This is the Iowa Department of Natural Resources’ Water Supply Listserv for January 23, 2013, plus additional information added per March 15, 2013 Listserv.
Consumer Confidence Report – Electronic Delivery Options
As reported in the January 11th edition of the DNR Water Supply Listserv, EPA released a memorandum on January 3rd that clarifies the requirements of the Consumer Confidence Report (CCR) Rule associated with delivery of the CCR. EPA interprets “… the current regulatory language to allow for the electronic delivery of CCRs if the delivery will meet the regulatory requirement to “mail or otherwise directly deliver.” EPA also held a webinar on January 17th to discuss the options now available as well as limitations to electronic delivery.
The CCR is compiled by July 1st each year for the previous calendar year by every community public water supply system (CWS) in the country. It is required to be mailed or otherwise directly delivered to those people who consume the water in a system – the regular customers who pay a water bill, as well as those people who receive the water but do not receive a water bill, such as apartment residents.
Because the use of Internet and email has expanded so much in our society since the CCR rules were written in 1996, EPA evaluated the rule to determine what types of electronic delivery would be allowed under the current rules. For some systems this is an important decision to provide them more capabilities in distributing their CCRs; for others, it will likely not change their practices at all. In Iowa, we will allow electronic notification as it is described in the memo for the CCR report for the 2012 calendar year. Some systems will soon be printing their 2012 CCR and beginning delivery, so it is important to get this information out as soon as possible. This year, the data and certification form that is normally provided by the DNR in March to each CWS will include the electronic delivery options on the certification form.
EPA recommends that each system consider a combination of delivery methods for its CCR, “… based upon available technology and with consideration of the demographic and technology limitations of its customer base.” Electronic delivery options are additional tools to be used, but it is likely that many CWS will still need to print and provide some copies of their CCR to their customers when so requested.
A. Draft Consumer Confidence Reports (CCRs) – New Format this Year
Draft Consumer Confidence Reports (CCRs) were mailed to all Community Public Water Supplies (CWS) today, Friday, March 15, 2013. This year, the Iowa Department of Natural Resources (DNR) is providing the draft CCR in a format that can be considered “ready”, or “mostly ready” to distribute. In some cases, the DNR does not have all the necessary information to provide a completed CCR, so more information is needed to complete the report. In all cases, the CWS should ensure the data is accurate and correct. If modifications are necessary, an electronic copy of the draft CCR can be sent to the CWS upon request.
These are potential updates that may be necessary:
- Corrective actions taken to address any violations assessed
- Contact information for the CWS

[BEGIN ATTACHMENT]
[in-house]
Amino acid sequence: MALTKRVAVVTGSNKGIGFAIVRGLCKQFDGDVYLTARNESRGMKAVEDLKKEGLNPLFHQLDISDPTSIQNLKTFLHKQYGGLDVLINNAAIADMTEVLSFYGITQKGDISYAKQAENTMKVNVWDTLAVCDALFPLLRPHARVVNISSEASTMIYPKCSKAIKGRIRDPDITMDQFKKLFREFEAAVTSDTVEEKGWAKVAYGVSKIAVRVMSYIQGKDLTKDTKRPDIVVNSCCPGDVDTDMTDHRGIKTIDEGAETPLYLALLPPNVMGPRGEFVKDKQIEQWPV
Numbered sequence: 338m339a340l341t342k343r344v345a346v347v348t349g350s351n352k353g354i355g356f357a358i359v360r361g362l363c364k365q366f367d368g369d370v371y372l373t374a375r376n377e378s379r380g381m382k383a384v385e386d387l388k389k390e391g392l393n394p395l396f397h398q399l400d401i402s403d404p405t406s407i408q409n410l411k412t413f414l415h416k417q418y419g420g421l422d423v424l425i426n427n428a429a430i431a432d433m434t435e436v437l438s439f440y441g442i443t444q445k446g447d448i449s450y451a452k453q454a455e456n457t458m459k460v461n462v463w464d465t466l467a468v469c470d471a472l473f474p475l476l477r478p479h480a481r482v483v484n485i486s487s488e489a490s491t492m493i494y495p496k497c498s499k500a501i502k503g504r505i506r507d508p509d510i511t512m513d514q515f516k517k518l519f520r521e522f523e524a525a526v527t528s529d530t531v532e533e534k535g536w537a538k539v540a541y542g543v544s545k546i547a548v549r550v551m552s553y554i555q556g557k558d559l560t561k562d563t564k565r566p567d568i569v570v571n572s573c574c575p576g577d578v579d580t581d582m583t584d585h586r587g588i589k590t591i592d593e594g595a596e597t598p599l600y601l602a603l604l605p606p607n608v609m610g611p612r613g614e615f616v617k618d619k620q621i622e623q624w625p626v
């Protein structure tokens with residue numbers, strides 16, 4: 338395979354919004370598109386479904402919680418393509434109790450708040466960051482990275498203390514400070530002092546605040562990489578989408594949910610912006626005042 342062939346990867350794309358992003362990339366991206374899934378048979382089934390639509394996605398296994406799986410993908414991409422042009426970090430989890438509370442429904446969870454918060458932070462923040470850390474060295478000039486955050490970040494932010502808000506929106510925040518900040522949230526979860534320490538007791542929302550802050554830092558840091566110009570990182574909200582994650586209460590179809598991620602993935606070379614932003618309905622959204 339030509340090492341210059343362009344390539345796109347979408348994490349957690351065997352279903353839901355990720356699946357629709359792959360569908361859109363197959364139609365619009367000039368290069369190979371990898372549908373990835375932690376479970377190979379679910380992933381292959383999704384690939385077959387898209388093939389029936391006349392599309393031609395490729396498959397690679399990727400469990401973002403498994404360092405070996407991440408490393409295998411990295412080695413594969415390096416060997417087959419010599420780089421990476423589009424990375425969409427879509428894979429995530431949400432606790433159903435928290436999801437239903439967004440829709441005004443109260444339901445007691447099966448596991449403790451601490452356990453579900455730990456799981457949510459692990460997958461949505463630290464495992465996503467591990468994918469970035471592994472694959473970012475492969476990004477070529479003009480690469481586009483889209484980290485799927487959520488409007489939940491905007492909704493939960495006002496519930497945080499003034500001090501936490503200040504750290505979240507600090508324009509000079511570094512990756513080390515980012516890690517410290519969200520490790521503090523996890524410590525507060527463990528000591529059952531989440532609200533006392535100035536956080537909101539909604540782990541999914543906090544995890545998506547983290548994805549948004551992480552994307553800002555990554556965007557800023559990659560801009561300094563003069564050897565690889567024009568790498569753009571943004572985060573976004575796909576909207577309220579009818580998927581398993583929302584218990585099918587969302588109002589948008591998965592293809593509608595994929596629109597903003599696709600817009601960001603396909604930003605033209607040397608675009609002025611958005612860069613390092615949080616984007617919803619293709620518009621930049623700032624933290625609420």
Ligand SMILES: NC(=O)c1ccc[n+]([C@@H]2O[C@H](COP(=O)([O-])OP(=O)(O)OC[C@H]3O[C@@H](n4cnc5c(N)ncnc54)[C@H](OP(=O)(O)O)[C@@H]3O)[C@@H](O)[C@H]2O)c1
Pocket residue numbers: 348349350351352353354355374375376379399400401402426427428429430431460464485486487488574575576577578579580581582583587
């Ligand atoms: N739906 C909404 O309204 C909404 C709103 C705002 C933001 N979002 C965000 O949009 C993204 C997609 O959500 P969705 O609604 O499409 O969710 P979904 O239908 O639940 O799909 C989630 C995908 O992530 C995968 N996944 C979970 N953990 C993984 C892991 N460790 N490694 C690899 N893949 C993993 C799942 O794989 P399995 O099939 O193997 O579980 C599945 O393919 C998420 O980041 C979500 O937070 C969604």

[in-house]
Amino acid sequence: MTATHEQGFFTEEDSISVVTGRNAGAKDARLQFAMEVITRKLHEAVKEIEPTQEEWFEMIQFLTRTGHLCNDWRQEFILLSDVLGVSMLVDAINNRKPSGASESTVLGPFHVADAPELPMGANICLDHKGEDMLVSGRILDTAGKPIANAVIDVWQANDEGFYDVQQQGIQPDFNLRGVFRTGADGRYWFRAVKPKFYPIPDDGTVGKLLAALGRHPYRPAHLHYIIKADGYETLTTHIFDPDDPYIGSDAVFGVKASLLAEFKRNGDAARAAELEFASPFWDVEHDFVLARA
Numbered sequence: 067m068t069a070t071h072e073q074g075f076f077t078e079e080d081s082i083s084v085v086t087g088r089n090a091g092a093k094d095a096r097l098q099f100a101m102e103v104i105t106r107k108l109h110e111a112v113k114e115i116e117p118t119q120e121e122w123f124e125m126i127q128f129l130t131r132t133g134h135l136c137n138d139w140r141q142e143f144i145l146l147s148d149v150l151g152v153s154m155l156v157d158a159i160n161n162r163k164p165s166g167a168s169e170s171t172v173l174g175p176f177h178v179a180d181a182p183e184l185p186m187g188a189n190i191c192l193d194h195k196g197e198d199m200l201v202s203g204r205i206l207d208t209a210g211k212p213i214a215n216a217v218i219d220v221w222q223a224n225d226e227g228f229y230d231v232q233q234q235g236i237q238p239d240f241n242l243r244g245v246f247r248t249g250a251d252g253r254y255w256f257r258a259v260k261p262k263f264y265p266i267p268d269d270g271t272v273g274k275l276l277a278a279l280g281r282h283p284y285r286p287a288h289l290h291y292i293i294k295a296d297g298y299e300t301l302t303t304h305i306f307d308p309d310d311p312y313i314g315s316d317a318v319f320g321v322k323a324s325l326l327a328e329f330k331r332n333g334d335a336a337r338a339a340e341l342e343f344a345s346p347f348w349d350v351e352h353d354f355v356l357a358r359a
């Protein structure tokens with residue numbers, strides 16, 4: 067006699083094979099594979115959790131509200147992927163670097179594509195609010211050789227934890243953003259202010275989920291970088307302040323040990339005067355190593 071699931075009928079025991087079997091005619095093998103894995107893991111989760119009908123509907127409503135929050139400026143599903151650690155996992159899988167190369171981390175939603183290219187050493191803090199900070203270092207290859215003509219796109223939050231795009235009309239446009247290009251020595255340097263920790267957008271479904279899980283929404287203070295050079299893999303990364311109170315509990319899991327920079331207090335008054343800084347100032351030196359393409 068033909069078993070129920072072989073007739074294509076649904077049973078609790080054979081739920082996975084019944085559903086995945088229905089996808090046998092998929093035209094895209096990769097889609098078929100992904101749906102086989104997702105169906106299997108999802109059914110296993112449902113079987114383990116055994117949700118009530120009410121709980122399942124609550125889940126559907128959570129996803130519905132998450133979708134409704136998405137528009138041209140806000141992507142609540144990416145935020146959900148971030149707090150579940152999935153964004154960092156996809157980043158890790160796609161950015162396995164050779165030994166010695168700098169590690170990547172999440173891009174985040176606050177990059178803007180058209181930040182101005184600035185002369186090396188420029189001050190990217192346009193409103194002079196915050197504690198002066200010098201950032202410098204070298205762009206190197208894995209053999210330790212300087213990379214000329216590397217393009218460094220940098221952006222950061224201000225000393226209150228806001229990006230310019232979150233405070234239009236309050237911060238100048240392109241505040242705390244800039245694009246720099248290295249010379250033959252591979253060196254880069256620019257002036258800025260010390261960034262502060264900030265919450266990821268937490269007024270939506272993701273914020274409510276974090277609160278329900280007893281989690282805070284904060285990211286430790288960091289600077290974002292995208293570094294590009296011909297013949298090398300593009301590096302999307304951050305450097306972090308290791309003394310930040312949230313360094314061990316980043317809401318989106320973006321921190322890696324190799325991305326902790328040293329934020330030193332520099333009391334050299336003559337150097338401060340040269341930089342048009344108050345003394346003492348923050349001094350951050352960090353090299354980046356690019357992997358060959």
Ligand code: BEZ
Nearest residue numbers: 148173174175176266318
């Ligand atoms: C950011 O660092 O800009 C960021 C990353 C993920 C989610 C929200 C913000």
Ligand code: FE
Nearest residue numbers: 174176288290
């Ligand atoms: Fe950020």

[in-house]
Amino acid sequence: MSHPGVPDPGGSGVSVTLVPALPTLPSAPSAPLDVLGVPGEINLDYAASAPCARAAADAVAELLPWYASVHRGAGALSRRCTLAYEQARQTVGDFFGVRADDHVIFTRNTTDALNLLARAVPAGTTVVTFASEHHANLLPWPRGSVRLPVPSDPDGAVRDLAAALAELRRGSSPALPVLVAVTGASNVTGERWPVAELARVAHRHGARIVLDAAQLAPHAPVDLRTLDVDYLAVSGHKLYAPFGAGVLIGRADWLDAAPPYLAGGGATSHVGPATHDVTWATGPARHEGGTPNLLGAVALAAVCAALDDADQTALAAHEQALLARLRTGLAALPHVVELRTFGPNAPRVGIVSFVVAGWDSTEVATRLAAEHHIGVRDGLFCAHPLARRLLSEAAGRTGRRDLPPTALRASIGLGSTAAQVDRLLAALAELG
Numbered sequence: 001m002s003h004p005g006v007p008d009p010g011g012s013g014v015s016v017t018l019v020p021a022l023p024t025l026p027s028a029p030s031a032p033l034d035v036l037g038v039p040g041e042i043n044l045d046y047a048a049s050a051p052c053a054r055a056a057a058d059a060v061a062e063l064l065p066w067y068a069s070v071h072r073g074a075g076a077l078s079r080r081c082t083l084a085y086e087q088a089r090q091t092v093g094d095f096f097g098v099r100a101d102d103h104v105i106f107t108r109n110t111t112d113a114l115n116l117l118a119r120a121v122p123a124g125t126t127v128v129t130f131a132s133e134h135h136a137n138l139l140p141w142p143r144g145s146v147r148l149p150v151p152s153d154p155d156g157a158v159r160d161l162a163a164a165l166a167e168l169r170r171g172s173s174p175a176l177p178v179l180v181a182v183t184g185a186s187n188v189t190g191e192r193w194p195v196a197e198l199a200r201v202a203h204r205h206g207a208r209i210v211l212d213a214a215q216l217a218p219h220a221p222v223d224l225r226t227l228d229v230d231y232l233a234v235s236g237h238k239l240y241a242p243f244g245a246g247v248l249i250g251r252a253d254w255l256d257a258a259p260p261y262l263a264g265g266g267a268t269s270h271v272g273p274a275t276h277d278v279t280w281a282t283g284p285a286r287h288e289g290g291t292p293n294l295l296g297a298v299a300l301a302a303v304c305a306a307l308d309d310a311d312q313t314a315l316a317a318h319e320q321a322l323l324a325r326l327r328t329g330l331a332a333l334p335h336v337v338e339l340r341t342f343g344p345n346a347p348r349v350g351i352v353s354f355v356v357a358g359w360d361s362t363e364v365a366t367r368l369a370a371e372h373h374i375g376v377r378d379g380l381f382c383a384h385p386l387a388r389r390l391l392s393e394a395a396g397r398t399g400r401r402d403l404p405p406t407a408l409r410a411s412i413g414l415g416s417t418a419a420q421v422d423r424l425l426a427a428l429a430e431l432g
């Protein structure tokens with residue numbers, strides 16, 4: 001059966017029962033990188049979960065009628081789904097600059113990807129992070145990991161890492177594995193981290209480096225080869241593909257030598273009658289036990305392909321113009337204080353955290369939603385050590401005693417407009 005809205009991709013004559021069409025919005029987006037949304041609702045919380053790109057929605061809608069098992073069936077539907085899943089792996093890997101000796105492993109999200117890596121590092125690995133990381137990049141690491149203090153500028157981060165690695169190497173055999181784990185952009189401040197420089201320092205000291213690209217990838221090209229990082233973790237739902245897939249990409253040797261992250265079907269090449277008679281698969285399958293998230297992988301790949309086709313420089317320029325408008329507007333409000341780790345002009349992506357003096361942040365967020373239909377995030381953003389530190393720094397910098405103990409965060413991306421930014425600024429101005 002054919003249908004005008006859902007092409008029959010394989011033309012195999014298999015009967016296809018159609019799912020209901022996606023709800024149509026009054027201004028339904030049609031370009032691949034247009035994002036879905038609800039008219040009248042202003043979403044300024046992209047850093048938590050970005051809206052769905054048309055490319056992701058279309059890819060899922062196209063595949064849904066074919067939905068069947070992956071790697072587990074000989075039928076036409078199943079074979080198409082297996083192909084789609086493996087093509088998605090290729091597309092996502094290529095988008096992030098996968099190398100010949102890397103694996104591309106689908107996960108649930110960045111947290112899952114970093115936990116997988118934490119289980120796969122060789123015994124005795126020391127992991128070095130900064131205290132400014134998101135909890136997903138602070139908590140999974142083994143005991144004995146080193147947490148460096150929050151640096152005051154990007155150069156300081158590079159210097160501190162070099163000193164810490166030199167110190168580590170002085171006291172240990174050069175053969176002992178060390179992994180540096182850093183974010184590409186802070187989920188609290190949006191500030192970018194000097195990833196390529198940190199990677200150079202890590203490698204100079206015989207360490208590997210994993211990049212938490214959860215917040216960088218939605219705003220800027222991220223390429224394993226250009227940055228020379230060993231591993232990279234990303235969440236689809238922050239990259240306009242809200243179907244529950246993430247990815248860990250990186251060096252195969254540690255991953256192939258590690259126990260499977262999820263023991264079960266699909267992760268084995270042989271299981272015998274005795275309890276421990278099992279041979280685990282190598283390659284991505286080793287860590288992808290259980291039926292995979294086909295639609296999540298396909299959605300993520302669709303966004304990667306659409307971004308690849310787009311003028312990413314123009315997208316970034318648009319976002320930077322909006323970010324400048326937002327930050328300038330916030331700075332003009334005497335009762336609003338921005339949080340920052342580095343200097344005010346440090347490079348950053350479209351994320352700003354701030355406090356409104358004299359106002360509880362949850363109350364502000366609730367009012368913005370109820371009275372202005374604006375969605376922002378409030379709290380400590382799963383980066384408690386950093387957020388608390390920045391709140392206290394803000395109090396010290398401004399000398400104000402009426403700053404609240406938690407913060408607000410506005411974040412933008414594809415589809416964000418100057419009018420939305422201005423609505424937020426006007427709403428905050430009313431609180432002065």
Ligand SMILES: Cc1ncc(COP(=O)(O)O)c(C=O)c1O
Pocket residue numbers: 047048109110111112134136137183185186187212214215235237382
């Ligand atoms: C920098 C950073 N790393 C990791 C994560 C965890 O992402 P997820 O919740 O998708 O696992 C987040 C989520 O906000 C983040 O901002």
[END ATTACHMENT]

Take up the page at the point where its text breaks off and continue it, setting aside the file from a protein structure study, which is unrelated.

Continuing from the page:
- Fluoride range if the CWS adds Fluoride
- Total organic carbon (TOC) reported as % removed
- Turbidity data (violations and results)
- The Running Annual Average (RAA) for TTHM and HAA5 may not be accurate if the CWS has multiple plants or if the CWS switched from Stage 1 to Stage 2 monitoring after January 1, 2012
- Cryptosporidium sampling per Long Term 2 Enhanced Surface Water Treatment Rule (LT2)
- Chlorine and Chloramine MRDL values will be provided using the data reported with the TCR sample results. These values should be compared to the daily MOR results and modified as appropriate
- Data collected as part of the Unregulated Contaminant Monitoring Rule 2 (only applies to a small number of CWSs participating in the EPA study; UCMR3 data is not included until next year)
As stated, an electronic copy will be sent upon request. Please submit your request to this e-mail address, firstname.lastname@example.org, and provide your CWS name and PWSID in the subject line. The draft CCR will be sent as a Word document, allowing changes and updates to be easily made if necessary.
If you have questions, contact the person listed in the letter accompanying the CCR data.
B. Electronic Delivery of the CCR
Electronic delivery of the CCR is now an acceptable method of delivery of the CCR. Listed below are the CCR E-Delivery Methods. We’d sent this article out in an earlier WS Listserv, but are repeating it today. The one new piece of information in the article below is that any URL that is created must remain active for 3 years.
1. Mail: paper copy
CWS mails a paper copy of the CCR to each bill-paying customer.
2. Mail: notification that CCR is available on website via a direct URL
CWS mails to each bill-paying customer a notification that the CCR is available and provides a direct URL to the CCR on a publicly available site on the Internet where the CCR can be viewed. A URL that navigates to a webpage that requires a customer to search for the CCR or enter other information does not meet the “directly deliver” requirement. The mail method for notification may be, but is not limited to, a water bill insert, a statement on the water bill, or a statement in a community newsletter.
3. Email: email a direct URL to the CCR to each customer
CWS emails a notification to each bill-paying customer that the CCR is available and provides a direct URL to the CCR on a public available site on the Internet. A URL that navigates to a webpage that requires a customer to search for the CCR or enter other information does not meet the “directly deliver” requirement. This method may only be used for customers for whom the CWS has a valid email address.
4. Email: CCR sent as an attachment to the email